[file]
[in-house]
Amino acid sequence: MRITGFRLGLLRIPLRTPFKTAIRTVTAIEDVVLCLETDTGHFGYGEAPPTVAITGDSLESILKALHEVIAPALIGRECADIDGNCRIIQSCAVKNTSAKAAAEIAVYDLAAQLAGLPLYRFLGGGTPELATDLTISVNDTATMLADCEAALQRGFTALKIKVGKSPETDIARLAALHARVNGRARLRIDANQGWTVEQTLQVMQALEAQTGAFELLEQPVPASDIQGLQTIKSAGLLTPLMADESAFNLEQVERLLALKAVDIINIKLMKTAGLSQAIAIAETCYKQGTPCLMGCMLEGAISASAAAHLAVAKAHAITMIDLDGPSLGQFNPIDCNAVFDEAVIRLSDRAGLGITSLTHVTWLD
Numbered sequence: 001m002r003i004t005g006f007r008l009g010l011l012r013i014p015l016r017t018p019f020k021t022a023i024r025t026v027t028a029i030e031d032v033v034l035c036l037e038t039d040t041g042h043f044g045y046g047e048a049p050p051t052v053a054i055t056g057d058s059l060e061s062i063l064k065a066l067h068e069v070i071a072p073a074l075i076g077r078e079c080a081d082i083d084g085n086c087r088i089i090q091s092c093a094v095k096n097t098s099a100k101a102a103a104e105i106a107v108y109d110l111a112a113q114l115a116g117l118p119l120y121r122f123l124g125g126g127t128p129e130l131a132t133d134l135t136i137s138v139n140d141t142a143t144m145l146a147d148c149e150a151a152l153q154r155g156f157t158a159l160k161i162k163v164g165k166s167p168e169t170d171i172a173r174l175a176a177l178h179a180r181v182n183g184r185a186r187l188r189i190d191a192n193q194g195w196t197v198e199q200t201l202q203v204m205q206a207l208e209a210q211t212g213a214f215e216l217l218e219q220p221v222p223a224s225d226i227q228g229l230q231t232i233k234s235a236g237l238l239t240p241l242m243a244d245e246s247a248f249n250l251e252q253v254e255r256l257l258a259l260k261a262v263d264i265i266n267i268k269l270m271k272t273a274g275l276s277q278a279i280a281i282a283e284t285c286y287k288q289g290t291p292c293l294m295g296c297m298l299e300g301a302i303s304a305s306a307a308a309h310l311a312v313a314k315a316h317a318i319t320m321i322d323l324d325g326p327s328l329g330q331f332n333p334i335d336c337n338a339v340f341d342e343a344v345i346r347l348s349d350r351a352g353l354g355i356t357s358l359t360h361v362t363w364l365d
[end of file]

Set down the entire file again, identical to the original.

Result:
[in-house]
Amino acid sequence: MRITGFRLGLLRIPLRTPFKTAIRTVTAIEDVVLCLETDTGHFGYGEAPPTVAITGDSLESILKALHEVIAPALIGRECADIDGNCRIIQSCAVKNTSAKAAAEIAVYDLAAQLAGLPLYRFLGGGTPELATDLTISVNDTATMLADCEAALQRGFTALKIKVGKSPETDIARLAALHARVNGRARLRIDANQGWTVEQTLQVMQALEAQTGAFELLEQPVPASDIQGLQTIKSAGLLTPLMADESAFNLEQVERLLALKAVDIINIKLMKTAGLSQAIAIAETCYKQGTPCLMGCMLEGAISASAAAHLAVAKAHAITMIDLDGPSLGQFNPIDCNAVFDEAVIRLSDRAGLGITSLTHVTWLD
Numbered sequence: 001m002r003i004t005g006f007r008l009g010l011l012r013i014p015l016r017t018p019f020k021t022a023i024r025t026v027t028a029i030e031d032v033v034l035c036l037e038t039d040t041g042h043f044g045y046g047e048a049p050p051t052v053a054i055t056g057d058s059l060e061s062i063l064k065a066l067h068e069v070i071a072p073a074l075i076g077r078e079c080a081d082i083d084g085n086c087r088i089i090q091s092c093a094v095k096n097t098s099a100k101a102a103a104e105i106a107v108y109d110l111a112a113q114l115a116g117l118p119l120y121r122f123l124g125g126g127t128p129e130l131a132t133d134l135t136i137s138v139n140d141t142a143t144m145l146a147d148c149e150a151a152l153q154r155g156f157t158a159l160k161i162k163v164g165k166s167p168e169t170d171i172a173r174l175a176a177l178h179a180r181v182n183g184r185a186r187l188r189i190d191a192n193q194g195w196t197v198e199q200t201l202q203v204m205q206a207l208e209a210q211t212g213a214f215e216l217l218e219q220p221v222p223a224s225d226i227q228g229l230q231t232i233k234s235a236g237l238l239t240p241l242m243a244d245e246s247a248f249n250l251e252q253v254e255r256l257l258a259l260k261a262v263d264i265i266n267i268k269l270m271k272t273a274g275l276s277q278a279i280a281i282a283e284t285c286y287k288q289g290t291p292c293l294m295g296c297m298l299e300g301a302i303s304a305s306a307a308a309h310l311a312v313a314k315a316h317a318i319t320m321i322d323l324d325g326p327s328l329g330q331f332n333p334i335d336c337n338a339v340f341d342e343a344v345i346r347l348s349d350r351a352g353l354g355i356t357s358l359t360h361v362t363w364l365d